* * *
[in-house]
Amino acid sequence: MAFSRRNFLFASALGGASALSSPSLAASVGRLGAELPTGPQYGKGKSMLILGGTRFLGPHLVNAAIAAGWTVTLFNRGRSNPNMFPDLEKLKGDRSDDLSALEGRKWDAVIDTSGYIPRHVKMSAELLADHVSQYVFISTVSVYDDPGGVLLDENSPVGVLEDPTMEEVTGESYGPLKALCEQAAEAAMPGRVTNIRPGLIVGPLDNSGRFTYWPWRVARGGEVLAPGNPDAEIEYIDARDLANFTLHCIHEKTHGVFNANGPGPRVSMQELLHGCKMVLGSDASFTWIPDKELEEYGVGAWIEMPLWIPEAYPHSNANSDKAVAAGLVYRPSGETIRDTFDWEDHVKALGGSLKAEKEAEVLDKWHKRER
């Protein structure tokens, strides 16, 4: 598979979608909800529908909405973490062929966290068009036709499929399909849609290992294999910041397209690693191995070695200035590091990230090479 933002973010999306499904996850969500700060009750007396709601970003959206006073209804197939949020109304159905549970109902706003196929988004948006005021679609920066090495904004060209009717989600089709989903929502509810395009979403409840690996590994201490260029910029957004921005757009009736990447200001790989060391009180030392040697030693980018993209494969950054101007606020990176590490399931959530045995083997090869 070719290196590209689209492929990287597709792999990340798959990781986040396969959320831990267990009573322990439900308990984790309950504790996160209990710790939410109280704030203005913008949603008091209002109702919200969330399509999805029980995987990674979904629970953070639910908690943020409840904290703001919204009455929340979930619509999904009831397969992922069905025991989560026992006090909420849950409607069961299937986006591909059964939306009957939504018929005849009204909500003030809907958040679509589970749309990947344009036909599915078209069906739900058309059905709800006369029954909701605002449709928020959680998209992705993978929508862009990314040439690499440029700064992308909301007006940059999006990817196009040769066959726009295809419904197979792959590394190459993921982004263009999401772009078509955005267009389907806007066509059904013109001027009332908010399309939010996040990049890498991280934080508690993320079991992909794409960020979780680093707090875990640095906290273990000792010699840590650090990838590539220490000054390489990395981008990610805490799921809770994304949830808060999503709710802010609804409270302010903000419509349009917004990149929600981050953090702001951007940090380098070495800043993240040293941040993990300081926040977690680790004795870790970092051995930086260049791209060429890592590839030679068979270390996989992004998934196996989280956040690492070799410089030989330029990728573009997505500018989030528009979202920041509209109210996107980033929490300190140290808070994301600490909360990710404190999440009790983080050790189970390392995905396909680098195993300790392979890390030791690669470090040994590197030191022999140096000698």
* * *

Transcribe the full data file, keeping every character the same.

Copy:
[in-house]
Amino acid sequence: MAFSRRNFLFASALGGASALSSPSLAASVGRLGAELPTGPQYGKGKSMLILGGTRFLGPHLVNAAIAAGWTVTLFNRGRSNPNMFPDLEKLKGDRSDDLSALEGRKWDAVIDTSGYIPRHVKMSAELLADHVSQYVFISTVSVYDDPGGVLLDENSPVGVLEDPTMEEVTGESYGPLKALCEQAAEAAMPGRVTNIRPGLIVGPLDNSGRFTYWPWRVARGGEVLAPGNPDAEIEYIDARDLANFTLHCIHEKTHGVFNANGPGPRVSMQELLHGCKMVLGSDASFTWIPDKELEEYGVGAWIEMPLWIPEAYPHSNANSDKAVAAGLVYRPSGETIRDTFDWEDHVKALGGSLKAEKEAEVLDKWHKRER
């Protein structure tokens, strides 16, 4: 598979979608909800529908909405973490062929966290068009036709499929399909849609290992294999910041397209690693191995070695200035590091990230090479 933002973010999306499904996850969500700060009750007396709601970003959206006073209804197939949020109304159905549970109902706003196929988004948006005021679609920066090495904004060209009717989600089709989903929502509810395009979403409840690996590994201490260029910029957004921005757009009736990447200001790989060391009180030392040697030693980018993209494969950054101007606020990176590490399931959530045995083997090869 070719290196590209689209492929990287597709792999990340798959990781986040396969959320831990267990009573322990439900308990984790309950504790996160209990710790939410109280704030203005913008949603008091209002109702919200969330399509999805029980995987990674979904629970953070639910908690943020409840904290703001919204009455929340979930619509999904009831397969992922069905025991989560026992006090909420849950409607069961299937986006591909059964939306009957939504018929005849009204909500003030809907958040679509589970749309990947344009036909599915078209069906739900058309059905709800006369029954909701605002449709928020959680998209992705993978929508862009990314040439690499440029700064992308909301007006940059999006990817196009040769066959726009295809419904197979792959590394190459993921982004263009999401772009078509955005267009389907806007066509059904013109001027009332908010399309939010996040990049890498991280934080508690993320079991992909794409960020979780680093707090875990640095906290273990000792010699840590650090990838590539220490000054390489990395981008990610805490799921809770994304949830808060999503709710802010609804409270302010903000419509349009917004990149929600981050953090702001951007940090380098070495800043993240040293941040993990300081926040977690680790004795870790970092051995930086260049791209060429890592590839030679068979270390996989992004998934196996989280956040690492070799410089030989330029990728573009997505500018989030528009979202920041509209109210996107980033929490300190140290808070994301600490909360990710404190999440009790983080050790189970390392995905396909680098195993300790392979890390030791690669470090040994590197030191022999140096000698």